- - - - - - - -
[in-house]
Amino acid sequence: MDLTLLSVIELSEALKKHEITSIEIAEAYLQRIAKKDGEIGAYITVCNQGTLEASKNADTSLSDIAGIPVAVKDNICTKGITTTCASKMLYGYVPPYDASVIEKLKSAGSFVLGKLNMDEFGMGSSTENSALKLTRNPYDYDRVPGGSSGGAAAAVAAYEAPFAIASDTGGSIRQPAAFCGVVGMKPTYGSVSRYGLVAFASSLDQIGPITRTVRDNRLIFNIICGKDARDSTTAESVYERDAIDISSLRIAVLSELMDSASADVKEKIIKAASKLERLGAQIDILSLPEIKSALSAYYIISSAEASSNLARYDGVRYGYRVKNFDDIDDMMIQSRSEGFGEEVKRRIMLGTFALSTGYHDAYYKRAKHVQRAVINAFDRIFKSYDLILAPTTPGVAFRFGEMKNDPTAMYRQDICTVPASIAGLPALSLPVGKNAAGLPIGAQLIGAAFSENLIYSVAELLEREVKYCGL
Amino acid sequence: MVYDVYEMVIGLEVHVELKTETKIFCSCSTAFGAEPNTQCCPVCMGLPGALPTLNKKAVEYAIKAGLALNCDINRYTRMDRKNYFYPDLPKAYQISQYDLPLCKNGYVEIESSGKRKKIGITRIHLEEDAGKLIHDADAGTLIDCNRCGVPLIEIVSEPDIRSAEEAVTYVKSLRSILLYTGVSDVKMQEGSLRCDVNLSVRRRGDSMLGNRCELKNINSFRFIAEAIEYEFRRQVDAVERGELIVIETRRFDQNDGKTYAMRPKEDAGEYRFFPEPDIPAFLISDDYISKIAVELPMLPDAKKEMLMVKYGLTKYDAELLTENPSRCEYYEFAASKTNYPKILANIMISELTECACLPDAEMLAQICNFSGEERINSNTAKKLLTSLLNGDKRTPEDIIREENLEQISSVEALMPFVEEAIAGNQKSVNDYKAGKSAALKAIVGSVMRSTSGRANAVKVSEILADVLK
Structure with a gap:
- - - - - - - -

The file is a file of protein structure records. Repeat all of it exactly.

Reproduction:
[in-house]
Amino acid sequence: MDLTLLSVIELSEALKKHEITSIEIAEAYLQRIAKKDGEIGAYITVCNQGTLEASKNADTSLSDIAGIPVAVKDNICTKGITTTCASKMLYGYVPPYDASVIEKLKSAGSFVLGKLNMDEFGMGSSTENSALKLTRNPYDYDRVPGGSSGGAAAAVAAYEAPFAIASDTGGSIRQPAAFCGVVGMKPTYGSVSRYGLVAFASSLDQIGPITRTVRDNRLIFNIICGKDARDSTTAESVYERDAIDISSLRIAVLSELMDSASADVKEKIIKAASKLERLGAQIDILSLPEIKSALSAYYIISSAEASSNLARYDGVRYGYRVKNFDDIDDMMIQSRSEGFGEEVKRRIMLGTFALSTGYHDAYYKRAKHVQRAVINAFDRIFKSYDLILAPTTPGVAFRFGEMKNDPTAMYRQDICTVPASIAGLPALSLPVGKNAAGLPIGAQLIGAAFSENLIYSVAELLEREVKYCGL
Amino acid sequence: MVYDVYEMVIGLEVHVELKTETKIFCSCSTAFGAEPNTQCCPVCMGLPGALPTLNKKAVEYAIKAGLALNCDINRYTRMDRKNYFYPDLPKAYQISQYDLPLCKNGYVEIESSGKRKKIGITRIHLEEDAGKLIHDADAGTLIDCNRCGVPLIEIVSEPDIRSAEEAVTYVKSLRSILLYTGVSDVKMQEGSLRCDVNLSVRRRGDSMLGNRCELKNINSFRFIAEAIEYEFRRQVDAVERGELIVIETRRFDQNDGKTYAMRPKEDAGEYRFFPEPDIPAFLISDDYISKIAVELPMLPDAKKEMLMVKYGLTKYDAELLTENPSRCEYYEFAASKTNYPKILANIMISELTECACLPDAEMLAQICNFSGEERINSNTAKKLLTSLLNGDKRTPEDIIREENLEQISSVEALMPFVEEAIAGNQKSVNDYKAGKSAALKAIVGSVMRSTSGRANAVKVSEILADVLK
Structure with a gap: